Every map is infused with its maker’s decisions, which ultimately present a pattern, story or argument. Sometimes those choices of design, labeling, data selection, and data slicing show up as obvious biases, as in the case of Donald Trump’s infamously augmented 2019 map of Hurricane Dorian. More often, though, this inherent “truthiness” flies under the radar of a map’s tidy, matter-of-fact visual presentation, as in the many maps and models being made now of semi-reliable Covid-19 case data.
So while it’s relatively easy to make a map in an age of abundant data and digital tools, it isn’t always easy to read them. How can you tell what’s real, and what’s a distortion?
Link to the museum exhibit referred to in the article linked below
We are about to start week 3 of distance learning. I’ve worked on adapting my lessons to be completed on google classroom and submitted. Students can join the “class” on zoom to work through these as if we were doing a normal class. This provides for opportunities to discuss course content which is a central part of the course.
Here is a folder of the work I have done. Please feel free to take what works for you. You can duplicate any of the docs. Please also feel free to share other experiences you have had that work.
Fitting for the optional knowledge and technology theme in new TOK course.
This is a site where I post articles, videos, and various resources relevant to a Theory of Knowledge teacher or student. You can find handouts, activities, and day to day plans on the resources for the TOK class page.
You can follow my day to day lessons with my Year 1s here.
There is no particular order in which the resources are posted but you can search by relevant Area of Knowledge or Way of Knowing by navigating the tabs above.
This site is currently configured for the “old” TOK course whose last assessment is 2021. Here is what I have gathered about the new course.
Please contact me by email if you have any questions.
How do we make better use of this piecemeal information? Computers are great at spotting patterns—but that’s just correlation. In the last few years, computer scientists have invented a handful of algorithms that can identify causal relations within single data sets. But focusing on single data sets is like looking through keyholes. What’s needed is a way to take in the whole view.
Much has been written about the concept of “fake news” and conspiracy theories but this brief list helps bring together some interesting information.
Presenting fringe theories as the essence of conspiracism gives the impression that conspiracy theorists are a handful of kooks who will believe even the most ludicrous ideas. But conspiracy thinking — the inclination to entertain conspiracy theories in general — is much more widespread than belief in any particular theory.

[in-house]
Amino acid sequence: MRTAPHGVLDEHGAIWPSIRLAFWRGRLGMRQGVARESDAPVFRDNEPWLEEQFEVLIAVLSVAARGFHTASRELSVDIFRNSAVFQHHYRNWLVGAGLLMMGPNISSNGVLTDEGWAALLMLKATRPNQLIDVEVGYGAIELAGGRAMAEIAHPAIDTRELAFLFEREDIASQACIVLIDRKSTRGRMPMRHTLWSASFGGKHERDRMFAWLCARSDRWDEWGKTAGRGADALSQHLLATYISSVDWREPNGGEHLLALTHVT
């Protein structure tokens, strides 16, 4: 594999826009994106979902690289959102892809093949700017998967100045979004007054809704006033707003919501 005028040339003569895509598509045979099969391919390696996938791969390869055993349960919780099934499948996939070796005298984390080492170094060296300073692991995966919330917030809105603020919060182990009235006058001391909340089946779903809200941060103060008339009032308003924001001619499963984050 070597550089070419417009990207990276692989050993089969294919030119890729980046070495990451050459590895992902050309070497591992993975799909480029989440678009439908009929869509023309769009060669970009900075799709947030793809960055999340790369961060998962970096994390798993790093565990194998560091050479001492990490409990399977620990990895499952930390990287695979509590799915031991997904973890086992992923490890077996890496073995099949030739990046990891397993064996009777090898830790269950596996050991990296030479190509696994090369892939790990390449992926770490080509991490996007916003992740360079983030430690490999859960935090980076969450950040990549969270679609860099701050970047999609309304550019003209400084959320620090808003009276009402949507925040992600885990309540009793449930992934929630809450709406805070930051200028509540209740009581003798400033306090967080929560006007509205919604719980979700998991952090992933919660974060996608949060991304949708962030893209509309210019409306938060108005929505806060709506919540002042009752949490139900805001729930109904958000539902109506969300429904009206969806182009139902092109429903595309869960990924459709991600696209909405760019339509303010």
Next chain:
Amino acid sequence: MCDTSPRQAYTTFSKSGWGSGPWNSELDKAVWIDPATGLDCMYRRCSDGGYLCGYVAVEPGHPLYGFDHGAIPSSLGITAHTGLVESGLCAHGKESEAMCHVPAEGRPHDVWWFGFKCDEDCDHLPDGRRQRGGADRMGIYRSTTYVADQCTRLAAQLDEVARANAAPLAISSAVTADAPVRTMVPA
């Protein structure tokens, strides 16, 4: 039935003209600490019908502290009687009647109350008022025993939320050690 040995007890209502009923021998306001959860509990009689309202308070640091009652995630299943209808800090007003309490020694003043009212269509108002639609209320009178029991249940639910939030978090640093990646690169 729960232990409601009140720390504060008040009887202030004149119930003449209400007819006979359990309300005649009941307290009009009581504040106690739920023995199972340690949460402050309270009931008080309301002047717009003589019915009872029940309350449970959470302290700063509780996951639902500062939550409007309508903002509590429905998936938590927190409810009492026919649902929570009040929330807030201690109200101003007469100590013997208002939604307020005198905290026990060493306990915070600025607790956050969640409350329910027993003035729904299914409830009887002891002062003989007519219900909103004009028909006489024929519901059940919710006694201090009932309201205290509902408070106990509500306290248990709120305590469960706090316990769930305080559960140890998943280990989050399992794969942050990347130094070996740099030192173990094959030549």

Mathematics professor Jason Brown spent 10 years working with statistics to solve the magical mystery. Brown’s the findings were presented on Aug. 1 at the Joint Statistical Meeting in a presentation called “Assessing Authorship of Beatles Songs from Musical Content: Bayesian Classification Modeling from Bags-Of-Words Representations.”
Good science requires a spirit of collaboration, not domination. The debate in social psychology involves some essential criticism of past scientific practice, but revolutions can also lead to a bandwagon effect, in which bullies pile on and bystanders fearfully turn a blind eye. Especially as more disagreements among researchers surface in social media rather than professional publications, there is an insidious temptation to mistake being critical for being right, and to subordinate humility and decency to a “gloating sense of ‘gotcha,’” as the journal Nature put it.
There is a better way forward: through evolution, not revolution.
- Radiolab Podcast: Outside Westgate: Originally Broadcast 11/29/2014
This is a phenomenally well reported and well put together podcast that examines the eyewitness testimony and memory of a terrorist attack in Kenya. It is one thing to describe the academic idea that people are often mistaken about what they see and what they experience but in this podcast we here from multiple people who are absolutely certain about what they saw but more “objective” evidence does not corroborate their stories.
“In the wake of public tragedy there is a space between the official narrative and the stories of the people who experienced it. Today, we crawl inside that space and question the role of journalists in helping us move on from a traumatic event.
“NPR’s East Africa correspondent Gregory Warner takes us back to the 2013 terrorist attacks on the Westgate Mall in Nairobi, Kenya. Warner reported on the attack as it happened, listening to eyewitness accounts, sorting out the facts, establishing the truth. But he’s been been wrestling with it ever since as his friends and neighbors try not only to put their lives back together, but also try to piece together what really happened that day.”
- Radiolab Podcast: Memory and Forgetting: Originally Broadcast August 9th, 2010
“Remembering is an unstable and profoundly unreliable process–it’s easy come, easy go as we learn how true memories can be obliterated, and false ones added. And Oliver Sacks joins us to tell the story of an amnesiac whose love for his wife and music transcend his 7-second memory.”